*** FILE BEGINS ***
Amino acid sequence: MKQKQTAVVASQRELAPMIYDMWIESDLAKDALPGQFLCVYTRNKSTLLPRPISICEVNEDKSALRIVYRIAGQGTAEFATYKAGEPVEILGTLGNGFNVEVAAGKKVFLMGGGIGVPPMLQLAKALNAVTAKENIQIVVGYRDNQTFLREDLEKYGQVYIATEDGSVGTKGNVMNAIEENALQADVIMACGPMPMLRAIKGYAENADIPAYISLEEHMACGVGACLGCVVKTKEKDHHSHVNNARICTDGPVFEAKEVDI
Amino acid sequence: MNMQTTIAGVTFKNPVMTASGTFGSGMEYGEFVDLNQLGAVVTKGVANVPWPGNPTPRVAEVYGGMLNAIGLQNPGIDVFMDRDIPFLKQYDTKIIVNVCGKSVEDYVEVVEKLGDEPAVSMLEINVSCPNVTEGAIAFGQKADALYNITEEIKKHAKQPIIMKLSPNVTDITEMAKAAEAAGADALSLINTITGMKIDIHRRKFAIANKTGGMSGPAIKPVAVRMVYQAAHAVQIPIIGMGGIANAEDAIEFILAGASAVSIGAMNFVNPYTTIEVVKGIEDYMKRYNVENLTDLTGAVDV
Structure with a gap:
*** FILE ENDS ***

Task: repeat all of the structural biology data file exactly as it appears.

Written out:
Amino acid sequence: MKQKQTAVVASQRELAPMIYDMWIESDLAKDALPGQFLCVYTRNKSTLLPRPISICEVNEDKSALRIVYRIAGQGTAEFATYKAGEPVEILGTLGNGFNVEVAAGKKVFLMGGGIGVPPMLQLAKALNAVTAKENIQIVVGYRDNQTFLREDLEKYGQVYIATEDGSVGTKGNVMNAIEENALQADVIMACGPMPMLRAIKGYAENADIPAYISLEEHMACGVGACLGCVVKTKEKDHHSHVNNARICTDGPVFEAKEVDI
Amino acid sequence: MNMQTTIAGVTFKNPVMTASGTFGSGMEYGEFVDLNQLGAVVTKGVANVPWPGNPTPRVAEVYGGMLNAIGLQNPGIDVFMDRDIPFLKQYDTKIIVNVCGKSVEDYVEVVEKLGDEPAVSMLEINVSCPNVTEGAIAFGQKADALYNITEEIKKHAKQPIIMKLSPNVTDITEMAKAAEAAGADALSLINTITGMKIDIHRRKFAIANKTGGMSGPAIKPVAVRMVYQAAHAVQIPIIGMGGIANAEDAIEFILAGASAVSIGAMNFVNPYTTIEVVKGIEDYMKRYNVENLTDLTGAVDV
Structure with a gap: